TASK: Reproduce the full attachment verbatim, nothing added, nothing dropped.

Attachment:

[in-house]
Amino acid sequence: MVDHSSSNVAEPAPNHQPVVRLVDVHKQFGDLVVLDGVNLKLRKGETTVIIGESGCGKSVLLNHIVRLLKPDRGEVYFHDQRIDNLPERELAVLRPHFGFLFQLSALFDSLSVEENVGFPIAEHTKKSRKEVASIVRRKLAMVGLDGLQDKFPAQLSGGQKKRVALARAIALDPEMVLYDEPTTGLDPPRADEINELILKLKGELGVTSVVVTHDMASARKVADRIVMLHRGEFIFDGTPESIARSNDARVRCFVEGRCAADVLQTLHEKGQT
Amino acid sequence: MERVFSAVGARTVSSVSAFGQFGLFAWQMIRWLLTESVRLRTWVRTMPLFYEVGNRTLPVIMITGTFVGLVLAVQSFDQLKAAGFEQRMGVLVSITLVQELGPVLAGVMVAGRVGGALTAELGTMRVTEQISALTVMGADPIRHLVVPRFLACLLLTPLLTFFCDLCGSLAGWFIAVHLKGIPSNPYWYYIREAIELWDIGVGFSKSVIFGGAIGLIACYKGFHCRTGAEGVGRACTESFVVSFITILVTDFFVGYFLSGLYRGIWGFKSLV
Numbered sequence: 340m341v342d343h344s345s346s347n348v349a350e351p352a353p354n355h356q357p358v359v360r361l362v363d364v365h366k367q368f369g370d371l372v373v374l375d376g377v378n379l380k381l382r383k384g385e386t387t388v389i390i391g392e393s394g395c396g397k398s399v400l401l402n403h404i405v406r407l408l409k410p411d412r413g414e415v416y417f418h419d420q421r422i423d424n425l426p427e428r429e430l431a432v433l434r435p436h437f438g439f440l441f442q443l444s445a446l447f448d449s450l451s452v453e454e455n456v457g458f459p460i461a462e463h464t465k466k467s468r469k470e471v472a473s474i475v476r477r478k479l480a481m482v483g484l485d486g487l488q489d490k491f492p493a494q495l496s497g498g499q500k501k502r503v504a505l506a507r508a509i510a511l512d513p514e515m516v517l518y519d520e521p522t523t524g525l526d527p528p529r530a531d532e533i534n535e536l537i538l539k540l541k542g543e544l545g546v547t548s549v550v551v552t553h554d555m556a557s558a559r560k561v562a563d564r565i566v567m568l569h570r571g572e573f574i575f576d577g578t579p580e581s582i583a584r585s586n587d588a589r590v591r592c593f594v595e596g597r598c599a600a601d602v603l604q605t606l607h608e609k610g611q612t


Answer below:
[in-house]
Amino acid sequence: MVDHSSSNVAEPAPNHQPVVRLVDVHKQFGDLVVLDGVNLKLRKGETTVIIGESGCGKSVLLNHIVRLLKPDRGEVYFHDQRIDNLPERELAVLRPHFGFLFQLSALFDSLSVEENVGFPIAEHTKKSRKEVASIVRRKLAMVGLDGLQDKFPAQLSGGQKKRVALARAIALDPEMVLYDEPTTGLDPPRADEINELILKLKGELGVTSVVVTHDMASARKVADRIVMLHRGEFIFDGTPESIARSNDARVRCFVEGRCAADVLQTLHEKGQT
Amino acid sequence: MERVFSAVGARTVSSVSAFGQFGLFAWQMIRWLLTESVRLRTWVRTMPLFYEVGNRTLPVIMITGTFVGLVLAVQSFDQLKAAGFEQRMGVLVSITLVQELGPVLAGVMVAGRVGGALTAELGTMRVTEQISALTVMGADPIRHLVVPRFLACLLLTPLLTFFCDLCGSLAGWFIAVHLKGIPSNPYWYYIREAIELWDIGVGFSKSVIFGGAIGLIACYKGFHCRTGAEGVGRACTESFVVSFITILVTDFFVGYFLSGLYRGIWGFKSLV
Numbered sequence: 340m341v342d343h344s345s346s347n348v349a350e351p352a353p354n355h356q357p358v359v360r361l362v363d364v365h366k367q368f369g370d371l372v373v374l375d376g377v378n379l380k381l382r383k384g385e386t387t388v389i390i391g392e393s394g395c396g397k398s399v400l401l402n403h404i405v406r407l408l409k410p411d412r413g414e415v416y417f418h419d420q421r422i423d424n425l426p427e428r429e430l431a432v433l434r435p436h437f438g439f440l441f442q443l444s445a446l447f448d449s450l451s452v453e454e455n456v457g458f459p460i461a462e463h464t465k466k467s468r469k470e471v472a473s474i475v476r477r478k479l480a481m482v483g484l485d486g487l488q489d490k491f492p493a494q495l496s497g498g499q500k501k502r503v504a505l506a507r508a509i510a511l512d513p514e515m516v517l518y519d520e521p522t523t524g525l526d527p528p529r530a531d532e533i534n535e536l537i538l539k540l541k542g543e544l545g546v547t548s549v550v551v552t553h554d555m556a557s558a559r560k561v562a563d564r565i566v567m568l569h570r571g572e573f574i575f576d577g578t579p580e581s582i583a584r585s586n587d588a589r590v591r592c593f594v595e596g597r598c599a600a601d602v603l604q605t606l607h608e609k610g611q612t